Managing yourself creatively

The Pressures of Time

One of the most serious frustrations that plagues executives is the problem of finding time to do all the things they are supposed to do; keep abreast of their field; help form policy; attend meetings; issue instructions; check on subordinates; write reports, memos, and, of course, think. Unless the executive finds a satisfactory solution to this problem, he will feel harassed, overburdened, confused, perplexed – in a word, frustrated.

There is only one solution: organization of time, through planning. Long-range planning will set up a program of accomplishment for a thirty-day or even a sixty-day period; short-range planning sets up a weekly schedule; night-before planning pinpoints specific tasks to be done (or started) on the following day. Some concrete suggestions:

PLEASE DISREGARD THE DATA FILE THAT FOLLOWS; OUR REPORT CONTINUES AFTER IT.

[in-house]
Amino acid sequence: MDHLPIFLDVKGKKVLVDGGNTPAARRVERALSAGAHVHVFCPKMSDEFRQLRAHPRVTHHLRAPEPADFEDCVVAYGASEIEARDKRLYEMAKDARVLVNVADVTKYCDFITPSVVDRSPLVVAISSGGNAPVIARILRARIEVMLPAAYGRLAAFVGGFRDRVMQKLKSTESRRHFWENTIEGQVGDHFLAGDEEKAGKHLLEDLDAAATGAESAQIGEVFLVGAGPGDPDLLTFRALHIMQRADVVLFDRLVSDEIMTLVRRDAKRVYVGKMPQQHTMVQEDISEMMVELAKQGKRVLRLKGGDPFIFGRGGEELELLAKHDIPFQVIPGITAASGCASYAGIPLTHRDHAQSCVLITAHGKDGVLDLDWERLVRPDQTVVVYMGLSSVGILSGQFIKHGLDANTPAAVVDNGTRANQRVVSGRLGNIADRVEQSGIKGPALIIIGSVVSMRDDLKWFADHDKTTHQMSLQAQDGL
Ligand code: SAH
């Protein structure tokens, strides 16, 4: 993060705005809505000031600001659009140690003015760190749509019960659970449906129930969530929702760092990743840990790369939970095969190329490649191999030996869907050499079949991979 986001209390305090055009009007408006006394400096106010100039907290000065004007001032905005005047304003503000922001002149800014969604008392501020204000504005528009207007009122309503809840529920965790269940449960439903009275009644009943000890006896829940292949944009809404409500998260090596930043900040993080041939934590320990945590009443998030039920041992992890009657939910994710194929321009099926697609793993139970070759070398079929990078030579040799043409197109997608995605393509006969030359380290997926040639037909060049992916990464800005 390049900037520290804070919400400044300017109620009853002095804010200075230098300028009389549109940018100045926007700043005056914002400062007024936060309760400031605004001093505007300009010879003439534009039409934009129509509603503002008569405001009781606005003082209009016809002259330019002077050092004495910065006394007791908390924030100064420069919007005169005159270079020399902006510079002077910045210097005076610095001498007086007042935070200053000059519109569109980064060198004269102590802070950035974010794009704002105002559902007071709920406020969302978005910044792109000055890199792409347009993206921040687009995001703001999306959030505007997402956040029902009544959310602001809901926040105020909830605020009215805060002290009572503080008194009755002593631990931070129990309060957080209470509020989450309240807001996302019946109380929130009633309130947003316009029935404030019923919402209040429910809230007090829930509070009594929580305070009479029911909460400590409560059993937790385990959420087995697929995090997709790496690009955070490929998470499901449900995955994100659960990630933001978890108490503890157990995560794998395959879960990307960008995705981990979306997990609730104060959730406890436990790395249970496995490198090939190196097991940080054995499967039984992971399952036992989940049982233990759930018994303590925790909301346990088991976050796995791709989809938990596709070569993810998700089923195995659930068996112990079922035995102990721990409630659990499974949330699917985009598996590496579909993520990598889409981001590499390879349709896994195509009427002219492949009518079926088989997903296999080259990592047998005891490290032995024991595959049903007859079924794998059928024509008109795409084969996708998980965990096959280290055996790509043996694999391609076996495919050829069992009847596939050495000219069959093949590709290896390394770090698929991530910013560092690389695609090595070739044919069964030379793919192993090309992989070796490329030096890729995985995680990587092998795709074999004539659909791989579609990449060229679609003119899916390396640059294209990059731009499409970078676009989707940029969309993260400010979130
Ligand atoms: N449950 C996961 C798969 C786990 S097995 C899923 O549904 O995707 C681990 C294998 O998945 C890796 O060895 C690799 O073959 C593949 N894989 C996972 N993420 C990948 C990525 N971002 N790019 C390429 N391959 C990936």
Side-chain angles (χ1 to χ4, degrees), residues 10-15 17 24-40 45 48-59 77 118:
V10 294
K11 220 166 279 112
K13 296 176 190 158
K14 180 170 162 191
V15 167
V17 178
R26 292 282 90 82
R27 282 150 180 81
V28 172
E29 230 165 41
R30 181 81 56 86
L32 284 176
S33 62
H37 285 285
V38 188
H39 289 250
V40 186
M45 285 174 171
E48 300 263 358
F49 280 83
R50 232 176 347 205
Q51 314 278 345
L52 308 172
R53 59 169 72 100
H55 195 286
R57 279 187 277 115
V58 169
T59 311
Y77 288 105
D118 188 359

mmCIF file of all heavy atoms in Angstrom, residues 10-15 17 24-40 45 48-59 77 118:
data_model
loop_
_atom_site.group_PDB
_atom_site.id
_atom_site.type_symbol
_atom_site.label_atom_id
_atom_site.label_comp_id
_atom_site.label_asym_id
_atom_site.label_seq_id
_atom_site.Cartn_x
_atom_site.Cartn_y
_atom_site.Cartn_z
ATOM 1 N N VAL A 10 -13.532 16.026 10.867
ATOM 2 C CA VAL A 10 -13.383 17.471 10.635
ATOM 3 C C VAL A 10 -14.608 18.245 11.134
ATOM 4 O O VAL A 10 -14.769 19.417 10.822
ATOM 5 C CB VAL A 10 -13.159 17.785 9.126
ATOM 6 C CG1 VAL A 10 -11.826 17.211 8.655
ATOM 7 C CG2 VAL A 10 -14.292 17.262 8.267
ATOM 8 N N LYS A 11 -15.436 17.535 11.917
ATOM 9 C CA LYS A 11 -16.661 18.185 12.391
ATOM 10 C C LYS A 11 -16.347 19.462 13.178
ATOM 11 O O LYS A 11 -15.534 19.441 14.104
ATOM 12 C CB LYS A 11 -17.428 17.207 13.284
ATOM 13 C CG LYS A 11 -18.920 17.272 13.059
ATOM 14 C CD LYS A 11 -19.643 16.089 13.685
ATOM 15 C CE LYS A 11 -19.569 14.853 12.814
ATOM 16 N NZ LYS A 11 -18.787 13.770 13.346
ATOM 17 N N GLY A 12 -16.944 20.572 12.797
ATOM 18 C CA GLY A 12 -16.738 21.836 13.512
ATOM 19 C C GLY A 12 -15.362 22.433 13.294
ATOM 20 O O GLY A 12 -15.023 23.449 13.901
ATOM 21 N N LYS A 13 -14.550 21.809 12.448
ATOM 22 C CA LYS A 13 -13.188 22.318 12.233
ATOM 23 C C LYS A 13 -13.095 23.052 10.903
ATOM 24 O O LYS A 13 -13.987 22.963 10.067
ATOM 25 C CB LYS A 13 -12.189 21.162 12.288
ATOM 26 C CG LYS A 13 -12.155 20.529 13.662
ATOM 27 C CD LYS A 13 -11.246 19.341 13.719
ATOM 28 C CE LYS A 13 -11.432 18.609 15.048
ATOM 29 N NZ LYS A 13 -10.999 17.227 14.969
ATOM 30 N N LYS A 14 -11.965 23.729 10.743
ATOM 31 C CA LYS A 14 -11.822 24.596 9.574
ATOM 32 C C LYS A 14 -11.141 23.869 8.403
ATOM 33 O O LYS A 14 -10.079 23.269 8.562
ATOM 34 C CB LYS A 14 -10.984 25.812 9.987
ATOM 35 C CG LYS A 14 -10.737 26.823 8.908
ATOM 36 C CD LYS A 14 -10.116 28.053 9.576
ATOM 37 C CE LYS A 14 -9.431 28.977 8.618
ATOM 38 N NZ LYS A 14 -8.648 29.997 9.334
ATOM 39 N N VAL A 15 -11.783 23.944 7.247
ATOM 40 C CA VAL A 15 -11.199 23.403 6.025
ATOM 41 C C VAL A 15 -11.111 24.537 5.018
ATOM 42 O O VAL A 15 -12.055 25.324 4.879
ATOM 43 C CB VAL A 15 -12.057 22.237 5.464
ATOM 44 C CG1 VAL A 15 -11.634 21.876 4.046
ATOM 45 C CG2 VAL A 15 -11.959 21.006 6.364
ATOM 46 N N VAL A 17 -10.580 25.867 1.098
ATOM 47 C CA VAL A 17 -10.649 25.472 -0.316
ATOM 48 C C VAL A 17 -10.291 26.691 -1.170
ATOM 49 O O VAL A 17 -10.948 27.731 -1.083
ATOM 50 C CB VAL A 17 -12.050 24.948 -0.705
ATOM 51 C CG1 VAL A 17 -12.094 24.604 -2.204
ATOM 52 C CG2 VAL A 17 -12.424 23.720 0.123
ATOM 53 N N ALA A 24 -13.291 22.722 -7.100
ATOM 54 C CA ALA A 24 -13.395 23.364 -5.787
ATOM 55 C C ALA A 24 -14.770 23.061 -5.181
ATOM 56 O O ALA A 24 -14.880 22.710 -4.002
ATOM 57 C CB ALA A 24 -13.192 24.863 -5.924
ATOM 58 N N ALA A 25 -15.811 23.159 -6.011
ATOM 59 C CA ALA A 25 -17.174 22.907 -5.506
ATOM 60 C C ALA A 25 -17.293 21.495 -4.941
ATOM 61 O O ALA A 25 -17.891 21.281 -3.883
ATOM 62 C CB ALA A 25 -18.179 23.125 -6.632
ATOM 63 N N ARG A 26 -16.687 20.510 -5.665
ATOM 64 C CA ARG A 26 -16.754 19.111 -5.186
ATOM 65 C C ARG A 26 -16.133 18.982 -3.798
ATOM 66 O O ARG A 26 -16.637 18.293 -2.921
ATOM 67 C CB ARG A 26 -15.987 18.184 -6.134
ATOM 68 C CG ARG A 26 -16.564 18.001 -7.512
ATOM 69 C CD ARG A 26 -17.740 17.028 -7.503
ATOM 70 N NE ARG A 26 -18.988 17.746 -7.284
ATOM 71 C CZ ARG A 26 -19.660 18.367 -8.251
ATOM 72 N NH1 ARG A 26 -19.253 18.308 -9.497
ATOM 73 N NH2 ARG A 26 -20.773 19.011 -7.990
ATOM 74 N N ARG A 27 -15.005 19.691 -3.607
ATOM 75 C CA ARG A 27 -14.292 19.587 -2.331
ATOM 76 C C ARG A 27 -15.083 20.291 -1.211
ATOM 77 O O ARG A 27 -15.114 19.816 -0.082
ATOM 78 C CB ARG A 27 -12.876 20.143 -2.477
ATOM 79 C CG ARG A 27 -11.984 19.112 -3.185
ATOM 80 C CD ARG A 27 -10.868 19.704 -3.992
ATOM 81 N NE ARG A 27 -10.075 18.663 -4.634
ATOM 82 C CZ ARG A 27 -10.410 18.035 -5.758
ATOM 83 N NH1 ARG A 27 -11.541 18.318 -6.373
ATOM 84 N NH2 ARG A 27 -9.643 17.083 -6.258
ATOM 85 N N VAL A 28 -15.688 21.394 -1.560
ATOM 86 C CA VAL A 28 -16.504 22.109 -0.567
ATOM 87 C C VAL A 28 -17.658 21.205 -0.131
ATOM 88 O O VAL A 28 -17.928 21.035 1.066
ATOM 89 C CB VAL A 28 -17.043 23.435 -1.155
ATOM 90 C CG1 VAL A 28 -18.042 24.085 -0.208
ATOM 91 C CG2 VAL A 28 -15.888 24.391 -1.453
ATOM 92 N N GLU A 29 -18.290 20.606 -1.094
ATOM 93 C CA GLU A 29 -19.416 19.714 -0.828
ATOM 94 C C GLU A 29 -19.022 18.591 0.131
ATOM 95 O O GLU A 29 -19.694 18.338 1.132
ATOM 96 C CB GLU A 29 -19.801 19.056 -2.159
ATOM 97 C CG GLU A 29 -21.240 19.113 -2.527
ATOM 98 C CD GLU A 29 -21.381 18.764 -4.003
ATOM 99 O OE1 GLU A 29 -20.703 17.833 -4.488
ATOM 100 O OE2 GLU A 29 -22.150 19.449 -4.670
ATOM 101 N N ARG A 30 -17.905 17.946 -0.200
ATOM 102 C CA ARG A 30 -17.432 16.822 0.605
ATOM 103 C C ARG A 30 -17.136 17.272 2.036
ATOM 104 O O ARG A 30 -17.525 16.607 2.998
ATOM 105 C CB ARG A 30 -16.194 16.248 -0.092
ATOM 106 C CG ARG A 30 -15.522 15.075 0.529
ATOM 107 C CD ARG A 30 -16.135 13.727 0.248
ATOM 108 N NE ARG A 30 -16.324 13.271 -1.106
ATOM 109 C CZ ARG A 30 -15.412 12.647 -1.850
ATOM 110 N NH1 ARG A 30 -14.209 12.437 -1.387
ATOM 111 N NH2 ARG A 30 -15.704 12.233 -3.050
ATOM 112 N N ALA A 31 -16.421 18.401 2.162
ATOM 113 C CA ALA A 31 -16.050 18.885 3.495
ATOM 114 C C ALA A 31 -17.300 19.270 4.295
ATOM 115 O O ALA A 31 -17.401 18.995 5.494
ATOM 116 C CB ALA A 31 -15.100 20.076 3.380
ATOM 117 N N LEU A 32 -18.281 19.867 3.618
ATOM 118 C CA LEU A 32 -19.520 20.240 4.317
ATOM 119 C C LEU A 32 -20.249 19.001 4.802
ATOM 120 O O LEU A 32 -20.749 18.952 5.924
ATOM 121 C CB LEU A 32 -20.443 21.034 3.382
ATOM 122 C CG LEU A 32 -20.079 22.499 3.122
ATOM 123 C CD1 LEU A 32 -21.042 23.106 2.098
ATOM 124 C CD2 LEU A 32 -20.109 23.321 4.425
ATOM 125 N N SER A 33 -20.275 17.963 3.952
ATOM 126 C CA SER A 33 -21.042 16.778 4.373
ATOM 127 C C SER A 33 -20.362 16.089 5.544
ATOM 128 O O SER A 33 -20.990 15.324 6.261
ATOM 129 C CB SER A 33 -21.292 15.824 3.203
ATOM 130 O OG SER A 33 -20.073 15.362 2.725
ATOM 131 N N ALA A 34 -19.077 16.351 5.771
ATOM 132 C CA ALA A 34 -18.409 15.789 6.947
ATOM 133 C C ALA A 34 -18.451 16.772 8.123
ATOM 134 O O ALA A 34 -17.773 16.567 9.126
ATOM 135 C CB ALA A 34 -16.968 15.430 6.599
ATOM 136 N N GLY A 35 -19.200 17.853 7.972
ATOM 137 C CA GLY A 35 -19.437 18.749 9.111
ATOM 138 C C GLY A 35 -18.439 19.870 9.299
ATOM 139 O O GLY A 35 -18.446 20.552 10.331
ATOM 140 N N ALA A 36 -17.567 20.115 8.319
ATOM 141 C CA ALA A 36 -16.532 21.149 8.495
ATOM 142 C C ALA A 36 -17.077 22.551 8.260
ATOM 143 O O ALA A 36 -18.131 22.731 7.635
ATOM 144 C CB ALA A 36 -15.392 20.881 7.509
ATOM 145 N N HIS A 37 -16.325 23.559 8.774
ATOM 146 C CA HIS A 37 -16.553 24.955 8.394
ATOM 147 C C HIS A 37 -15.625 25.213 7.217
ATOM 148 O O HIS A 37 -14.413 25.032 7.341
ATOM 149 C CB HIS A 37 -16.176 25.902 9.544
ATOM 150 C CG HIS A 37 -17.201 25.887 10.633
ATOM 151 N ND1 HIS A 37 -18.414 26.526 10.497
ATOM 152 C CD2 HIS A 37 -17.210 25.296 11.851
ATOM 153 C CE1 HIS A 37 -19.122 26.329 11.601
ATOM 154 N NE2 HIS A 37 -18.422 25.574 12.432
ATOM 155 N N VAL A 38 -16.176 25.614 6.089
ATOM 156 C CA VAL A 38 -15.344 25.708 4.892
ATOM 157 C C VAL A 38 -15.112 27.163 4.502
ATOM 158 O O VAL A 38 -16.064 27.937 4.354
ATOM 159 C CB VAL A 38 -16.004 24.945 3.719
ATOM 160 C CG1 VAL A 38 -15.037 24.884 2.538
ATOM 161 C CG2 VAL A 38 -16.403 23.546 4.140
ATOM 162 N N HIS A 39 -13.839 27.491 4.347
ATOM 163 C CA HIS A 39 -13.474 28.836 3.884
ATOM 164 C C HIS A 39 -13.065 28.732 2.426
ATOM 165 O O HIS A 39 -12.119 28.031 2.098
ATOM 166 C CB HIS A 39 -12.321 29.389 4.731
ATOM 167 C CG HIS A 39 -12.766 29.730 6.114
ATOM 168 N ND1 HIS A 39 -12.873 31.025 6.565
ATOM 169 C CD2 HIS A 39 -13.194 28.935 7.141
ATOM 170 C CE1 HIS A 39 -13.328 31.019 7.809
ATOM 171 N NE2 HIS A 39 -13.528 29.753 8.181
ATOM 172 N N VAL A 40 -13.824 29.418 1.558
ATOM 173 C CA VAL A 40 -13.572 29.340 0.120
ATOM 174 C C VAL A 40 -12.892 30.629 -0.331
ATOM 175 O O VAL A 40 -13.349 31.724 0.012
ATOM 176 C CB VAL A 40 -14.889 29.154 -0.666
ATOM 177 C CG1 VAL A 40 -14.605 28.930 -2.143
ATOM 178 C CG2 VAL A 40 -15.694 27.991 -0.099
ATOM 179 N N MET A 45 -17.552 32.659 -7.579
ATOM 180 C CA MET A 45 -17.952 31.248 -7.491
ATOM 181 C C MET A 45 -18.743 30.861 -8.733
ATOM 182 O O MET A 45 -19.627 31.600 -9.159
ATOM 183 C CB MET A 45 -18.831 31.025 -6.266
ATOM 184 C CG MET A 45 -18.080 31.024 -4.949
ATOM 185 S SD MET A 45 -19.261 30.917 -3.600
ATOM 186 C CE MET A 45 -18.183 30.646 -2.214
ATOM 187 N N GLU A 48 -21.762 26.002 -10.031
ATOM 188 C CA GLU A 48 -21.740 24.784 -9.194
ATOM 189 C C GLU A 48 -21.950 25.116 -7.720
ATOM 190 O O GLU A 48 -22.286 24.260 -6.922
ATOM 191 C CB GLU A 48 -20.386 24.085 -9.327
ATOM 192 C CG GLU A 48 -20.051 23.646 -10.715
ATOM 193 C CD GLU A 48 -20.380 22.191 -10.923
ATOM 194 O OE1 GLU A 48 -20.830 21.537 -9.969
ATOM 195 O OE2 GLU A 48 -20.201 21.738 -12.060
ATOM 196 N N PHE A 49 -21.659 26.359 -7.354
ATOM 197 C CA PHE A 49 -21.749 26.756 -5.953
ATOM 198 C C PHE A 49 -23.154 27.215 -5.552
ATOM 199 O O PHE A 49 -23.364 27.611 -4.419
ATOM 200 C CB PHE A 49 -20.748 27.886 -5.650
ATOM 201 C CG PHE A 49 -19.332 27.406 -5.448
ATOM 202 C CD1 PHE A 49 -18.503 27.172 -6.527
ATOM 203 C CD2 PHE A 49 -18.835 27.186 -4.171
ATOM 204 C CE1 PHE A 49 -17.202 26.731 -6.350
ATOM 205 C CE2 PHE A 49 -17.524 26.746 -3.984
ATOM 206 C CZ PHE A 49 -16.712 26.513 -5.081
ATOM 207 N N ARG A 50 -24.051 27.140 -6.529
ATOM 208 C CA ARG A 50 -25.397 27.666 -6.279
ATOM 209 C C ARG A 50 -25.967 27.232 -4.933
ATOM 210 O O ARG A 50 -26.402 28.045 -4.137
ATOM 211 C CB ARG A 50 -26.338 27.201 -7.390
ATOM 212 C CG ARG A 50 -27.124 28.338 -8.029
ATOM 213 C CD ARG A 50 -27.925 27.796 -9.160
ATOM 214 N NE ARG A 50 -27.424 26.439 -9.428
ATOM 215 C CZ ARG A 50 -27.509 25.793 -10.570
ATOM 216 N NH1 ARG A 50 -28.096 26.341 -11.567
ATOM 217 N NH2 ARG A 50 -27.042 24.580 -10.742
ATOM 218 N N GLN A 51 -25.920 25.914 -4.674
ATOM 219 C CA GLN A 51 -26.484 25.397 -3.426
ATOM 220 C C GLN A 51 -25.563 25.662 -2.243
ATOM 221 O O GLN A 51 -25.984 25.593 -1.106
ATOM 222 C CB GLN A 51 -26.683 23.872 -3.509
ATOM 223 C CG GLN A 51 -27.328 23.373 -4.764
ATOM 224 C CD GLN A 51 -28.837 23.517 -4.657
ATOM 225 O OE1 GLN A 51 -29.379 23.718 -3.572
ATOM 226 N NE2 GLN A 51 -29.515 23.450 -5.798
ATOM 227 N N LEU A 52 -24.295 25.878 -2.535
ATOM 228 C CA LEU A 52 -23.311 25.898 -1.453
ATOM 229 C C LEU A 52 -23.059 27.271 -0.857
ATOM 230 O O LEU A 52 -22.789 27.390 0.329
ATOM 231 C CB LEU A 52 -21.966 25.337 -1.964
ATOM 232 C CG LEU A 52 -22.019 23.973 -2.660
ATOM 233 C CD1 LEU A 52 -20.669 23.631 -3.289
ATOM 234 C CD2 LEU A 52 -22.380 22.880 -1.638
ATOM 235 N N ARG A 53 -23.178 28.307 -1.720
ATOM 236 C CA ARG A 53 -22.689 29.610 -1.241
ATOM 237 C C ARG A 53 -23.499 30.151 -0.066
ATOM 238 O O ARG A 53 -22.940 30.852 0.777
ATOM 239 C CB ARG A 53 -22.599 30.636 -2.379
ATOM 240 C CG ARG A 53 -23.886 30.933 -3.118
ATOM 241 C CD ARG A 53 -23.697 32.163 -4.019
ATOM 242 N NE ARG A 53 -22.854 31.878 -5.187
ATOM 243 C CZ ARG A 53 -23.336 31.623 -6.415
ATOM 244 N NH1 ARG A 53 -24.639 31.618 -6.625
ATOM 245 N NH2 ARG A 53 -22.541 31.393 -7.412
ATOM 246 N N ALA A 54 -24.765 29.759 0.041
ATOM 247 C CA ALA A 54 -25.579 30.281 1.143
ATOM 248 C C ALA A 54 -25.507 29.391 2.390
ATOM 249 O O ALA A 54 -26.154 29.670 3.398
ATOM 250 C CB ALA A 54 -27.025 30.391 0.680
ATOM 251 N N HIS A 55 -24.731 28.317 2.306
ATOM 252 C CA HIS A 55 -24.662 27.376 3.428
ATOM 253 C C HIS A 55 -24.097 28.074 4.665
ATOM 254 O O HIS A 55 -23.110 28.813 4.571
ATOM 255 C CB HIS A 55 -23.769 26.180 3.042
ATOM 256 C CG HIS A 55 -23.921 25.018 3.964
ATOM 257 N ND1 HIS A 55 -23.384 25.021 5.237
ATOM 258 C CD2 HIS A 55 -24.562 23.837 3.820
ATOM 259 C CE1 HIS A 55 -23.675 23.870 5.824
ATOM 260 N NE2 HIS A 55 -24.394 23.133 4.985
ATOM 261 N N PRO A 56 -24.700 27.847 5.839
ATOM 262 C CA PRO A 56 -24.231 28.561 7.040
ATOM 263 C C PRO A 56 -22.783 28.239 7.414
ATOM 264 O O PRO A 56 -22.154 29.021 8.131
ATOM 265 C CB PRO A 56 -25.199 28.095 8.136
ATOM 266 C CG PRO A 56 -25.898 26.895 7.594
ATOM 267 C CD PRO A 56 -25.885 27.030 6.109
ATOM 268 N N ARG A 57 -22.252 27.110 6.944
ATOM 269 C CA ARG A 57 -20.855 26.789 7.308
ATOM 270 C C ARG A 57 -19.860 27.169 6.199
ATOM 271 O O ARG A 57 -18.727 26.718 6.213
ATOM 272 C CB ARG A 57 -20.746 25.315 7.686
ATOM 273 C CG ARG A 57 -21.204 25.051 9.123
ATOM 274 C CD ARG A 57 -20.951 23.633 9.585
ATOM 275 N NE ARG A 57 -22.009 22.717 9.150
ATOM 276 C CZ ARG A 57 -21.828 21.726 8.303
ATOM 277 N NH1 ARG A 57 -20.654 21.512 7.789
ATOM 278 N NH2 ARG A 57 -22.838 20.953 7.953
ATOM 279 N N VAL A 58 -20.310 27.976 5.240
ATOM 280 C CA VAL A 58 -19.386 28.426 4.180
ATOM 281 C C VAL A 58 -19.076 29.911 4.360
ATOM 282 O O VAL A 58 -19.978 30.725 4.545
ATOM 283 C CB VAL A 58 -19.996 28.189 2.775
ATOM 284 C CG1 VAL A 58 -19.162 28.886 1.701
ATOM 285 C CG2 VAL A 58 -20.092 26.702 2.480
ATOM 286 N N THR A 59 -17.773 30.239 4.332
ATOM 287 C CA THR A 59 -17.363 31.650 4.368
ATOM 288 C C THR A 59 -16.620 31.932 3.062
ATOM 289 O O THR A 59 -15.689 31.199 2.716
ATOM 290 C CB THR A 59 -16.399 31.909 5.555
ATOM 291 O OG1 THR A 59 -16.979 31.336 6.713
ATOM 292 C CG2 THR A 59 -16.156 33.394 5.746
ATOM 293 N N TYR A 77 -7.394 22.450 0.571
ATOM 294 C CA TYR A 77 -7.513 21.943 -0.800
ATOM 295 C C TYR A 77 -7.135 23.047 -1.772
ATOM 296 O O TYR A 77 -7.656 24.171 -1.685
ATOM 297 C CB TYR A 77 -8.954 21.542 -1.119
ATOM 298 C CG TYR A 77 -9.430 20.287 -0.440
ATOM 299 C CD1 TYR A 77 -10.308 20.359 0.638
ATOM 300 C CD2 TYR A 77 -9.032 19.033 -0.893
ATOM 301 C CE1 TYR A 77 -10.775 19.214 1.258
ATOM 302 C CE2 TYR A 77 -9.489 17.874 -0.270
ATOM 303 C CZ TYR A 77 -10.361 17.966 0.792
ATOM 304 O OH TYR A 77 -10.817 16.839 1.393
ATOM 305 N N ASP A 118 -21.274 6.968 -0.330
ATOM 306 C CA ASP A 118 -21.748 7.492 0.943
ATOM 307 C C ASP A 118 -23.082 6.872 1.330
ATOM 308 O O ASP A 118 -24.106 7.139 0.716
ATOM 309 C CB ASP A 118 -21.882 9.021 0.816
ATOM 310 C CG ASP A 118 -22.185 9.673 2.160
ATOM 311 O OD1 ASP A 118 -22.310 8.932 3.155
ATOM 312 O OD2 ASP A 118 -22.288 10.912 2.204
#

DISPOSE OF THE THINGS THAT CAN BE HANDLED PROMPTLY

The few projects that remain are not hard to cope with them, if the pile of work no longer looks like hopeless task to tackle.


TAKE TIME TO COMMUNICATE

A little time invested in explaining something a thoroughly to those who may be involved with you in a project can save endless hours later by preventing misunderstandings or fuzzy instructions.


DON’T BANG YOUR HEAD AGAINST A BRICK WALL

If a problem has you momentarily stymied, put it aside and come back to it when your mood and mind toward it have improved. Be careful, of course, not to postpone the task indefinitely.


EXAMINE MISCELLANEOUS DUTIES PERIODICALLY

You may find that some of them are merely habit and can no longer be defended as necessary. Habit and routine have an unbelievable power to waste your time and energy.





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